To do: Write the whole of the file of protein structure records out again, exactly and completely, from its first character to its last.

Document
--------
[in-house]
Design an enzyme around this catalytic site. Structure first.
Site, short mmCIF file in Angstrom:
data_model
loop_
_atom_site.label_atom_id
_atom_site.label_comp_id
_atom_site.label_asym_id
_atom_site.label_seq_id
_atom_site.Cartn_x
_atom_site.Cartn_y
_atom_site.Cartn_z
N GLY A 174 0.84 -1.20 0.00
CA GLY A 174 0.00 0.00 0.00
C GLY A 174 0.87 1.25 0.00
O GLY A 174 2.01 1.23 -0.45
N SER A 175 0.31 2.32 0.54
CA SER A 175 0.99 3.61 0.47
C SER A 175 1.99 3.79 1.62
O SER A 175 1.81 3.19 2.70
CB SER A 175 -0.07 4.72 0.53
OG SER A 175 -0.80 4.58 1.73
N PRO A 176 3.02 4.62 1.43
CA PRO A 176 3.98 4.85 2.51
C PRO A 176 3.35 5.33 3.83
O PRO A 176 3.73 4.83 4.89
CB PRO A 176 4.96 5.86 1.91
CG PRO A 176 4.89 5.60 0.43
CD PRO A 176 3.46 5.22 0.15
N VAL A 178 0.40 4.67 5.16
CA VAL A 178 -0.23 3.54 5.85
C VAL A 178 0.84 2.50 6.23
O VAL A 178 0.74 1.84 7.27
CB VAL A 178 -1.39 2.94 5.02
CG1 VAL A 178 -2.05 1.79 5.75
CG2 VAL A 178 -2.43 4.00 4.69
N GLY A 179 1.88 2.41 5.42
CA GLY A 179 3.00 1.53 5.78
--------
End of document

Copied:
[in-house]
Design an enzyme around this catalytic site. Structure first.
Site, short mmCIF file in Angstrom:
data_model
loop_
_atom_site.label_atom_id
_atom_site.label_comp_id
_atom_site.label_asym_id
_atom_site.label_seq_id
_atom_site.Cartn_x
_atom_site.Cartn_y
_atom_site.Cartn_z
N GLY A 174 0.84 -1.20 0.00
CA GLY A 174 0.00 0.00 0.00
C GLY A 174 0.87 1.25 0.00
O GLY A 174 2.01 1.23 -0.45
N SER A 175 0.31 2.32 0.54
CA SER A 175 0.99 3.61 0.47
C SER A 175 1.99 3.79 1.62
O SER A 175 1.81 3.19 2.70
CB SER A 175 -0.07 4.72 0.53
OG SER A 175 -0.80 4.58 1.73
N PRO A 176 3.02 4.62 1.43
CA PRO A 176 3.98 4.85 2.51
C PRO A 176 3.35 5.33 3.83
O PRO A 176 3.73 4.83 4.89
CB PRO A 176 4.96 5.86 1.91
CG PRO A 176 4.89 5.60 0.43
CD PRO A 176 3.46 5.22 0.15
N VAL A 178 0.40 4.67 5.16
CA VAL A 178 -0.23 3.54 5.85
C VAL A 178 0.84 2.50 6.23
O VAL A 178 0.74 1.84 7.27
CB VAL A 178 -1.39 2.94 5.02
CG1 VAL A 178 -2.05 1.79 5.75
CG2 VAL A 178 -2.43 4.00 4.69
N GLY A 179 1.88 2.41 5.42
CA GLY A 179 3.00 1.53 5.78